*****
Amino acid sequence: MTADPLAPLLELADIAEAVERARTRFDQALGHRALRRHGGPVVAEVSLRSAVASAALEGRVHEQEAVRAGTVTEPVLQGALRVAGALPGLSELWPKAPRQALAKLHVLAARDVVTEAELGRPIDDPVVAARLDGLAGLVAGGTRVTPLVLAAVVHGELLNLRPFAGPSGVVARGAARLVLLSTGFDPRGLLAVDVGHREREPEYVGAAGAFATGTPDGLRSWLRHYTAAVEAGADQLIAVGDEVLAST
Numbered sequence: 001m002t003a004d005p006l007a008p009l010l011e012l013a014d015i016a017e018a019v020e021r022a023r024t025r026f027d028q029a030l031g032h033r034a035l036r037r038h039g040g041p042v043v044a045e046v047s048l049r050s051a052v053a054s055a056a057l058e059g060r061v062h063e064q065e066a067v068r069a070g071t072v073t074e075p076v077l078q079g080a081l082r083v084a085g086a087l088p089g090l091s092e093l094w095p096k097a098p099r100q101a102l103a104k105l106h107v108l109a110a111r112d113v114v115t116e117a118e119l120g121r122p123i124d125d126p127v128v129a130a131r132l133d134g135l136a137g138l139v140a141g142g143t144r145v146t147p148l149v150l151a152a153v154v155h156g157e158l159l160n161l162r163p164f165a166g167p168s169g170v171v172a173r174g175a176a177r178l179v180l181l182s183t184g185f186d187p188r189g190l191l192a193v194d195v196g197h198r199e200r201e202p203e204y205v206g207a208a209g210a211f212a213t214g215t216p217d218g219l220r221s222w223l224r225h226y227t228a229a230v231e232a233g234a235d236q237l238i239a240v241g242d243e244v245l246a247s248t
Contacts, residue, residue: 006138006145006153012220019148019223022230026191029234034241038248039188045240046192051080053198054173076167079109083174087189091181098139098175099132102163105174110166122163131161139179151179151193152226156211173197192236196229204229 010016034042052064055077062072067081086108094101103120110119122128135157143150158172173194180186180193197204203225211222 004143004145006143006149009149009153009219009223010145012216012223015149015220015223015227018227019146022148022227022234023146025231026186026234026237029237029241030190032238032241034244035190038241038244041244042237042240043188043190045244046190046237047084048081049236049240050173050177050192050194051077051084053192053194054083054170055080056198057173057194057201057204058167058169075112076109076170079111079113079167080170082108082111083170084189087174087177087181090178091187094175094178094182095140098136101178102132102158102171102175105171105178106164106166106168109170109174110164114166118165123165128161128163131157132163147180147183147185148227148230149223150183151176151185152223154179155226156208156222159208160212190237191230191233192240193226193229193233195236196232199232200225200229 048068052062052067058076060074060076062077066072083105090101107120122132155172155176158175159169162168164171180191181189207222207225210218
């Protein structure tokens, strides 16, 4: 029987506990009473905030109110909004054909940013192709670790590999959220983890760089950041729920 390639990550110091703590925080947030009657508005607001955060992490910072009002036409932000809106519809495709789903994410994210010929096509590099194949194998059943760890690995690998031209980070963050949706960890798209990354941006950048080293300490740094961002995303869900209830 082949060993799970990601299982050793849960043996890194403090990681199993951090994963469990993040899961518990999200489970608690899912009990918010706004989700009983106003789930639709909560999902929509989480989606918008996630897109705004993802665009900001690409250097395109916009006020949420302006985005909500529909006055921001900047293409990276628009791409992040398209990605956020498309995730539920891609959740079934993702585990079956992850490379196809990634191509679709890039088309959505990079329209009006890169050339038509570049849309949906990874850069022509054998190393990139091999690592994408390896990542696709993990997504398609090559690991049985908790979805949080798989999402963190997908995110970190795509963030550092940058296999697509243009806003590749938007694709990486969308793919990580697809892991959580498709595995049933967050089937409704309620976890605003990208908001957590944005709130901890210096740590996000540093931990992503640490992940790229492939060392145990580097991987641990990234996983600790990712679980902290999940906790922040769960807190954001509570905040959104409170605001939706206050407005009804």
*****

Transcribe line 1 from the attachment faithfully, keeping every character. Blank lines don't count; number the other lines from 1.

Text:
Amino acid sequence: MTADPLAPLLELADIAEAVERARTRFDQALGHRALRRHGGPVVAEVSLRSAVASAALEGRVHEQEAVRAGTVTEPVLQGALRVAGALPGLSELWPKAPRQALAKLHVLAARDVVTEAELGRPIDDPVVAARLDGLAGLVAGGTRVTPLVLAAVVHGELLNLRPFAGPSGVVARGAARLVLLSTGFDPRGLLAVDVGHREREPEYVGAAGAFATGTPDGLRSWLRHYTAAVEAGADQLIAVGDEVLAST